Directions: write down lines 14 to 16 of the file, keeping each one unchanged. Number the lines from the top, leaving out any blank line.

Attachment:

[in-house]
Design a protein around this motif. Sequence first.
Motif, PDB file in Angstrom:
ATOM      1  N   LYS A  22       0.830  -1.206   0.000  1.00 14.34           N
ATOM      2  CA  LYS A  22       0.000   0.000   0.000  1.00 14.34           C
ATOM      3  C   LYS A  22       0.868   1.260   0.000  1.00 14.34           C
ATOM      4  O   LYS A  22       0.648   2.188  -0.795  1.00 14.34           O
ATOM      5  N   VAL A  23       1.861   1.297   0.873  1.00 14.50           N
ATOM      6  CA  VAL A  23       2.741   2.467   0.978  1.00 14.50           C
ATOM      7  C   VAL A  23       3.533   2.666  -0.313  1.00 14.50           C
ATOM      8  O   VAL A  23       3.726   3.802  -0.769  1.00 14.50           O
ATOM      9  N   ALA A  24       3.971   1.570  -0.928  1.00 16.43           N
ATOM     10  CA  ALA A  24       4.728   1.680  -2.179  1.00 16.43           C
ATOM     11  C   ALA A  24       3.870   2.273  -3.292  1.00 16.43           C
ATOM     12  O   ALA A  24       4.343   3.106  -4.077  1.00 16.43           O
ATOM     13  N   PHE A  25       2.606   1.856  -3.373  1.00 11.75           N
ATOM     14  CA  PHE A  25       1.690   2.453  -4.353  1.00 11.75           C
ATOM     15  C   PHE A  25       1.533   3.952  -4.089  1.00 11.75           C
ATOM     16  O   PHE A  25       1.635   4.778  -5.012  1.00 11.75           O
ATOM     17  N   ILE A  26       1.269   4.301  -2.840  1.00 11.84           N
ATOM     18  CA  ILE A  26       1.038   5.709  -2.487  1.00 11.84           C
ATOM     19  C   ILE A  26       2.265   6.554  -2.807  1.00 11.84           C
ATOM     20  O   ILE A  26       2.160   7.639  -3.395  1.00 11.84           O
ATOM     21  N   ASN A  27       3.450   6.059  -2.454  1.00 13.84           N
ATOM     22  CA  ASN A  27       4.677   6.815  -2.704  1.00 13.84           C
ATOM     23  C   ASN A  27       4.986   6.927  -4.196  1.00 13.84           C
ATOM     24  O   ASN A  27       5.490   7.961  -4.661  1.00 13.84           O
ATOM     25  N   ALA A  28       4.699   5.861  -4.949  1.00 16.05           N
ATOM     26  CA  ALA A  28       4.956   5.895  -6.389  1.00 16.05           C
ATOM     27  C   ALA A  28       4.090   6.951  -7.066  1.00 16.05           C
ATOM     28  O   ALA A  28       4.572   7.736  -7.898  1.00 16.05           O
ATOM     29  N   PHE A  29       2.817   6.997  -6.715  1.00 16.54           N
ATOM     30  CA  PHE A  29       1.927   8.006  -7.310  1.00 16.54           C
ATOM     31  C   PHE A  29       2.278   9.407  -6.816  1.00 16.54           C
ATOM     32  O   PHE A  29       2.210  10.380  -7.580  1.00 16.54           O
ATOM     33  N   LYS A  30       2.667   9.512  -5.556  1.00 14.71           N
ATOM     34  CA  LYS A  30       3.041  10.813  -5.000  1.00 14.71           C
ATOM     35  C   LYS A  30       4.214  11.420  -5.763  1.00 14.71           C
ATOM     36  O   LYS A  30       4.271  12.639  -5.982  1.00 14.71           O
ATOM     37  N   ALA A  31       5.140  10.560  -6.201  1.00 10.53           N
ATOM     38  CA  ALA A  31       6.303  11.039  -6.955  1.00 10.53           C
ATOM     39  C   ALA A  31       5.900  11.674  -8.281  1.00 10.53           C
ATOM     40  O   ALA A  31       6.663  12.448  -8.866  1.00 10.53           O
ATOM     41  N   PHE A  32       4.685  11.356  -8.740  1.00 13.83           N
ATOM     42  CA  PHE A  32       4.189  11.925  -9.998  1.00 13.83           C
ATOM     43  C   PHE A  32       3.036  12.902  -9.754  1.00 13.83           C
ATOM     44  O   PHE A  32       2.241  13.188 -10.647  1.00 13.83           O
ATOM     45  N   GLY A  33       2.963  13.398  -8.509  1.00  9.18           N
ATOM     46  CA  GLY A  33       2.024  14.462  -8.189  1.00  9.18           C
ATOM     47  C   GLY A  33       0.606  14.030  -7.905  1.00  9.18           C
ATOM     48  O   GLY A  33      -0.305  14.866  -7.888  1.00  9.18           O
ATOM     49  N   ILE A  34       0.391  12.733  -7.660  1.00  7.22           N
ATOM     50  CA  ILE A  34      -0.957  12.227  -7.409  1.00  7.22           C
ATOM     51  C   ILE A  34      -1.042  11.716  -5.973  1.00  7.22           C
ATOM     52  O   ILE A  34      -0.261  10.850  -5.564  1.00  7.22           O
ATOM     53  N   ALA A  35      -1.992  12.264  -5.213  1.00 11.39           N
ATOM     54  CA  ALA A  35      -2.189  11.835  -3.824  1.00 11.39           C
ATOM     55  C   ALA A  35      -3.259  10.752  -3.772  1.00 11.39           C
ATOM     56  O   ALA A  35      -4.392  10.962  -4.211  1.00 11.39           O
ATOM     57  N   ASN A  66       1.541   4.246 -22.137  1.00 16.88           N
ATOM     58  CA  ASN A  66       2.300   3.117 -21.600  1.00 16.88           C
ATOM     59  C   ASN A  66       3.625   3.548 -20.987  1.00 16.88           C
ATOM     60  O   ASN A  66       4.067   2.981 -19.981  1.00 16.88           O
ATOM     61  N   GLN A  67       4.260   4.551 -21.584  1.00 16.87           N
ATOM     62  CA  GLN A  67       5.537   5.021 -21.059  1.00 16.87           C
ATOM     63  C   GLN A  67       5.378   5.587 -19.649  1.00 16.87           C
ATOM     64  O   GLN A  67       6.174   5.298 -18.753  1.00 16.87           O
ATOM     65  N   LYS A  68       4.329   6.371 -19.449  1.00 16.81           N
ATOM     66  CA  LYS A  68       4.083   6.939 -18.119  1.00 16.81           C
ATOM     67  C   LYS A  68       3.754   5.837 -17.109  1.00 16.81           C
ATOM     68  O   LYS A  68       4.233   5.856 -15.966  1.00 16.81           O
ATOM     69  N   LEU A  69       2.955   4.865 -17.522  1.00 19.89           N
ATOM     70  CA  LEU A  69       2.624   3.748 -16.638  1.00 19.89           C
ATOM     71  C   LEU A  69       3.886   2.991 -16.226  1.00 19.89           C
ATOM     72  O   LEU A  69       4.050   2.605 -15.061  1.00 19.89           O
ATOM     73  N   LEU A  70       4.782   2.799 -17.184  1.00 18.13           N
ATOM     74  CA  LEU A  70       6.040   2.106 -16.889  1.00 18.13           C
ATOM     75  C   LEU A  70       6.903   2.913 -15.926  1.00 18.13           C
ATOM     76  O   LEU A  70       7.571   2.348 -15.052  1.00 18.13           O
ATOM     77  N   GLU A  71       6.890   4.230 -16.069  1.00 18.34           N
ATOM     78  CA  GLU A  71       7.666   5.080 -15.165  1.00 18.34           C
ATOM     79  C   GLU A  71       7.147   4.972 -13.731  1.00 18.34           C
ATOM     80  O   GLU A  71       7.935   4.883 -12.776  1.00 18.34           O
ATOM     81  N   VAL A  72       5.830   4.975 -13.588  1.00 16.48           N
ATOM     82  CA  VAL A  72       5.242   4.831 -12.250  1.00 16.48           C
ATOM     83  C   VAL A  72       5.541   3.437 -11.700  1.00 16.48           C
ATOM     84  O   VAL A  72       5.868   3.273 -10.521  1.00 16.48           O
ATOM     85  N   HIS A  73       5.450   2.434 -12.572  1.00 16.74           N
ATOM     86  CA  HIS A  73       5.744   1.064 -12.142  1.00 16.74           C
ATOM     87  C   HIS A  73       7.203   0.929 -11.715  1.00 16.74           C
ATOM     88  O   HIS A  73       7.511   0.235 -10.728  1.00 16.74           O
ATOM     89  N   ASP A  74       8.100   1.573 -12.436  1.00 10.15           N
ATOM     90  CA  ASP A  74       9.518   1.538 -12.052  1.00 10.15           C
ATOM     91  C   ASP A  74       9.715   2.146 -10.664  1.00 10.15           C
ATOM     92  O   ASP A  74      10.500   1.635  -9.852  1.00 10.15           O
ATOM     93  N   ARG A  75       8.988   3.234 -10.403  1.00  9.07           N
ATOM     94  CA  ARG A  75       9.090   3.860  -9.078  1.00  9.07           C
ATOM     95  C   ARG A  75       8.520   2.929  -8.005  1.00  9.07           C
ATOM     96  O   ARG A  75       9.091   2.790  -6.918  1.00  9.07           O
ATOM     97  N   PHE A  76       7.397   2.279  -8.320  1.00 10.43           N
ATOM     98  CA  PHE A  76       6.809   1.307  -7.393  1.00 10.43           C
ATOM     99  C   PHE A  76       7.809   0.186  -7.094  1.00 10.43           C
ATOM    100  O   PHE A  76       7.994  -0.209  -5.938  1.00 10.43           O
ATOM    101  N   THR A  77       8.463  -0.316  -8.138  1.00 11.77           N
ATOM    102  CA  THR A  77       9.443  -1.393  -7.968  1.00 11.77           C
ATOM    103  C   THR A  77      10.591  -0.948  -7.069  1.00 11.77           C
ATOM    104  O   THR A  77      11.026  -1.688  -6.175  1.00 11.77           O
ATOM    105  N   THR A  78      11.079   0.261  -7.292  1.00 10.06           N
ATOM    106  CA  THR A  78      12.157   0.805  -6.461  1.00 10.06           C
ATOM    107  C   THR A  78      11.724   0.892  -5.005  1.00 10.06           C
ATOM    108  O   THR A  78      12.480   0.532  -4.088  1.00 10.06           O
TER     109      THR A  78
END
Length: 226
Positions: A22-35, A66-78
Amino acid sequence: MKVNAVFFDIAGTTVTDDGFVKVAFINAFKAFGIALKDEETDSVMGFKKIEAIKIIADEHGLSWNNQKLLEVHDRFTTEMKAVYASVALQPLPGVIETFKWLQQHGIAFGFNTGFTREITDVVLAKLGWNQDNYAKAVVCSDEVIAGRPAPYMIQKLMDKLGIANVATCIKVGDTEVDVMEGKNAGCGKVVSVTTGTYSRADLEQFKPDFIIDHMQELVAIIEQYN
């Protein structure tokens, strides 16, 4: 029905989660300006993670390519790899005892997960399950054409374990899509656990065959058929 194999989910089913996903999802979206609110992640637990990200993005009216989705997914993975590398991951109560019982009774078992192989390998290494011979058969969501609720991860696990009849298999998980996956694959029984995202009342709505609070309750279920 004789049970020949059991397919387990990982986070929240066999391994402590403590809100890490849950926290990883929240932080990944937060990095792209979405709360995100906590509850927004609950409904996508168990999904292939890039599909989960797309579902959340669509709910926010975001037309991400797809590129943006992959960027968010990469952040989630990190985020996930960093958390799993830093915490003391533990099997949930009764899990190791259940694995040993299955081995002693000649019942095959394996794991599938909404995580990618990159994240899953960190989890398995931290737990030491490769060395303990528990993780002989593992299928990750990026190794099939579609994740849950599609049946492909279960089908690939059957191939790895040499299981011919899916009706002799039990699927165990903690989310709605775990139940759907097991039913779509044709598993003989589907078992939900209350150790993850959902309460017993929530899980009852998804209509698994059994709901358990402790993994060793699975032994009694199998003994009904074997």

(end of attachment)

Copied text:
ATOM     11  C   ALA A  24       3.870   2.273  -3.292  1.00 16.43           C
ATOM     12  O   ALA A  24       4.343   3.106  -4.077  1.00 16.43           O
ATOM     13  N   PHE A  25       2.606   1.856  -3.373  1.00 11.75           N